Wilton Park is a wonderful place for a conference – a stately home nestling in glorious English countryside. These days it is used for high minded seminars on global governance, foreign policy etc, linked to the British Foreign Office, but the hosts take care to ‘fess up to the irony that the aristocratic pile was built centuries ago by some long-forgotten military type with money embezzled from the English Crown.
It also insists on a level of confidentiality that make Chatham House rules look positively relaxed – no quotes, even anonymous, without permission from the speaker. Unfortunately, I had to exit early from the conference on religion and development I attended there this week, so didn’t have time to get permissions, so the only thing I can write about is my own presentation. So what’s new?
I was speaking on the need to increase ‘religious literacy’ in the development sector, even in secular organisations like Oxfam. Why? Five reasons, for starters (please add your own):
1. Theories of Change: as we think harder about how change happens, religion keeps cropping up, whether it’s promoting agency and a sense of ‘power within’, for example in our work on violence against women, trying to find out how poor people experience poverty, or exploring the internal structures of social movements like the Arab Spring. In all of these, religion plays a crucial part in forming identity and values.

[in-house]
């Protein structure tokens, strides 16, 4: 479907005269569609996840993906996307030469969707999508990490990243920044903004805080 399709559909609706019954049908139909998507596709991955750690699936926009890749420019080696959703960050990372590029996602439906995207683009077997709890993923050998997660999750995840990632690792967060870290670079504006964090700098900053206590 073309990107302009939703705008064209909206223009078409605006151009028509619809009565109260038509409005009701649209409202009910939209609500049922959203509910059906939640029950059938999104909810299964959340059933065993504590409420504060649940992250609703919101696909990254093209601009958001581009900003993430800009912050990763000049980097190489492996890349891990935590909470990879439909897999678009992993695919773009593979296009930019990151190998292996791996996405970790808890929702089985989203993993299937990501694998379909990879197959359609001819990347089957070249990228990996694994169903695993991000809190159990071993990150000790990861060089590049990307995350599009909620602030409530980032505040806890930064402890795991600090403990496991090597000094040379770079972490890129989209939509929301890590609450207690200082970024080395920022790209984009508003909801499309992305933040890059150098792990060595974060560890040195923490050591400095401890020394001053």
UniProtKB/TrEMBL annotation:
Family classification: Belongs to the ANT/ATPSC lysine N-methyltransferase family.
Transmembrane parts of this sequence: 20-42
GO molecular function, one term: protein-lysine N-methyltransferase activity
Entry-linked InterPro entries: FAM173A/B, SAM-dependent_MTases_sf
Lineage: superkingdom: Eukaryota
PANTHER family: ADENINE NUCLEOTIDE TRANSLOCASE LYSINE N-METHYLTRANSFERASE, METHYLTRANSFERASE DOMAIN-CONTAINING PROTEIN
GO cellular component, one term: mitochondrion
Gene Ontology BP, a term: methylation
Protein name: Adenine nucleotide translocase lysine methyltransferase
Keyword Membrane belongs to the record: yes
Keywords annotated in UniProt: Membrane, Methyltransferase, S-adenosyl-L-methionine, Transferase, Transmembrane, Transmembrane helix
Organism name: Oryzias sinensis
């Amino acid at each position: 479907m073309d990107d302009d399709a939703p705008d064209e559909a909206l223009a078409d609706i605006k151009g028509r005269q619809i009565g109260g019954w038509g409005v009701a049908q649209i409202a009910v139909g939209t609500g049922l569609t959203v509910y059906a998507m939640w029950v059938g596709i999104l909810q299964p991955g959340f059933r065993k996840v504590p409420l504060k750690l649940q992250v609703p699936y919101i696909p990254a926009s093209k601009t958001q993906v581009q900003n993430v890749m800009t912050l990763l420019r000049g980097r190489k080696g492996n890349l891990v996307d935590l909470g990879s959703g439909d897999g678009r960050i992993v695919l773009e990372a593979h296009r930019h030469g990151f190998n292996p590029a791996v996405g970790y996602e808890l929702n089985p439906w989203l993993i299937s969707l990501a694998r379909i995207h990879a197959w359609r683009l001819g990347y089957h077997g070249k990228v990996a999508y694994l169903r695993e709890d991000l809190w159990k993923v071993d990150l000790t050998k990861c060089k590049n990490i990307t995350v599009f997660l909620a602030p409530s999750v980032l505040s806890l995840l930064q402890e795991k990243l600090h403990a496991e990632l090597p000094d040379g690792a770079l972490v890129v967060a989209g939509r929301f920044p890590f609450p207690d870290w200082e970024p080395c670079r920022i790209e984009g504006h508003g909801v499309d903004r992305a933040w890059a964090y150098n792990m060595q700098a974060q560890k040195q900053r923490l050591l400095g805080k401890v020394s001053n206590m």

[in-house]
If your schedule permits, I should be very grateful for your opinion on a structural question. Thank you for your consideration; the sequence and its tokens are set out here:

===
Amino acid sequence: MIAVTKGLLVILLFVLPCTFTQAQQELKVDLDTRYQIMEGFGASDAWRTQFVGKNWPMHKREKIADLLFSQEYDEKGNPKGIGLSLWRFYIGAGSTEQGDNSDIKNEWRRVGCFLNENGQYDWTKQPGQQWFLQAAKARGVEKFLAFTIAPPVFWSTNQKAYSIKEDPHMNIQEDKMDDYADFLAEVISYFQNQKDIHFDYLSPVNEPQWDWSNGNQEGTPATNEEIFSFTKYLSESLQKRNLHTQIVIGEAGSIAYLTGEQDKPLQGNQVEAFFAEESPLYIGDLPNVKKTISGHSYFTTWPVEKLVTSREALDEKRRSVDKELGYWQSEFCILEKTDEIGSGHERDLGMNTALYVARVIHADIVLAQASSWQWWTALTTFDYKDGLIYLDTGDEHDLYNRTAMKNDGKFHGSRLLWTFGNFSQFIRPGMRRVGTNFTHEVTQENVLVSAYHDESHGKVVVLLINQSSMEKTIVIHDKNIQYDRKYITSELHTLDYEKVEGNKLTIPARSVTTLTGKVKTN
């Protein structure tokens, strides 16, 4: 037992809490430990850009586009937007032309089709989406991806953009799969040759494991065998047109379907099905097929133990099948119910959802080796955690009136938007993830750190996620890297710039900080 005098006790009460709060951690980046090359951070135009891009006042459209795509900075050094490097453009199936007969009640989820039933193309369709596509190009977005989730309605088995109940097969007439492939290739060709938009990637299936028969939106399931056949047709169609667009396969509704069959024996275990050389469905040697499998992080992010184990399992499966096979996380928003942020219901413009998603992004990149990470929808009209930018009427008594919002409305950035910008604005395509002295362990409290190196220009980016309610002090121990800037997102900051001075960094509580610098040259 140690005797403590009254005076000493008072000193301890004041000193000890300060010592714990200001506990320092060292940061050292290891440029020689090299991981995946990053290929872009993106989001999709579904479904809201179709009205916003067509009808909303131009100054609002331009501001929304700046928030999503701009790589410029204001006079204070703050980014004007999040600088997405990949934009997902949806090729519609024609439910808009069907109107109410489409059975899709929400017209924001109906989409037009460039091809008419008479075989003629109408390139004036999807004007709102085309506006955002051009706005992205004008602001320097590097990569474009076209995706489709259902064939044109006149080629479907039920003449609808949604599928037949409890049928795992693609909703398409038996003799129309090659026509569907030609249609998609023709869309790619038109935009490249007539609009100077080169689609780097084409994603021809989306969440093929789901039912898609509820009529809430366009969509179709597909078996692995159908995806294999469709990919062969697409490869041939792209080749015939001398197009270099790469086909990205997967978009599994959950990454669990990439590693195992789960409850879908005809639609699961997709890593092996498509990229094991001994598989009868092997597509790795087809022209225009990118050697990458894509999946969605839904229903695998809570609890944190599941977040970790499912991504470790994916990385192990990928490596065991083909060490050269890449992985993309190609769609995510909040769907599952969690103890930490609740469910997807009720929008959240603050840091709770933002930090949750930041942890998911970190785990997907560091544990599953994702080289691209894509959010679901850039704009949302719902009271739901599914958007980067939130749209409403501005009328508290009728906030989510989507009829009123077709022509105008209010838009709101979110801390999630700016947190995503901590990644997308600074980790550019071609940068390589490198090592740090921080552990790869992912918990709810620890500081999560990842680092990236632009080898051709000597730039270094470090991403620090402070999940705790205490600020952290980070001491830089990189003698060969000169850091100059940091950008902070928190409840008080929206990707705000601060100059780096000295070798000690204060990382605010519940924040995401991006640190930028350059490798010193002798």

2. Resilience to shocks: whether it’s the global financial crisis, or the first few chaotic hours and days after the Haitian earthquake, poor people turn to their churches and mosques for help in an emergency. If we are serious about promoting disaster risk reduction before catastrophe hits, we need to be talking to the institutions that are most relevant to poor people.
3. The growing importance of advocacy: in many developing countries, religion is an important shaper of political space and decisions. Political leaders often defer to religious ones, and getting the faith-based organizations on your side can transform the prospects for change. Just look at the role church-goers played in the successful Jubilee 2000 debt relief campaign, itself a biblical concept.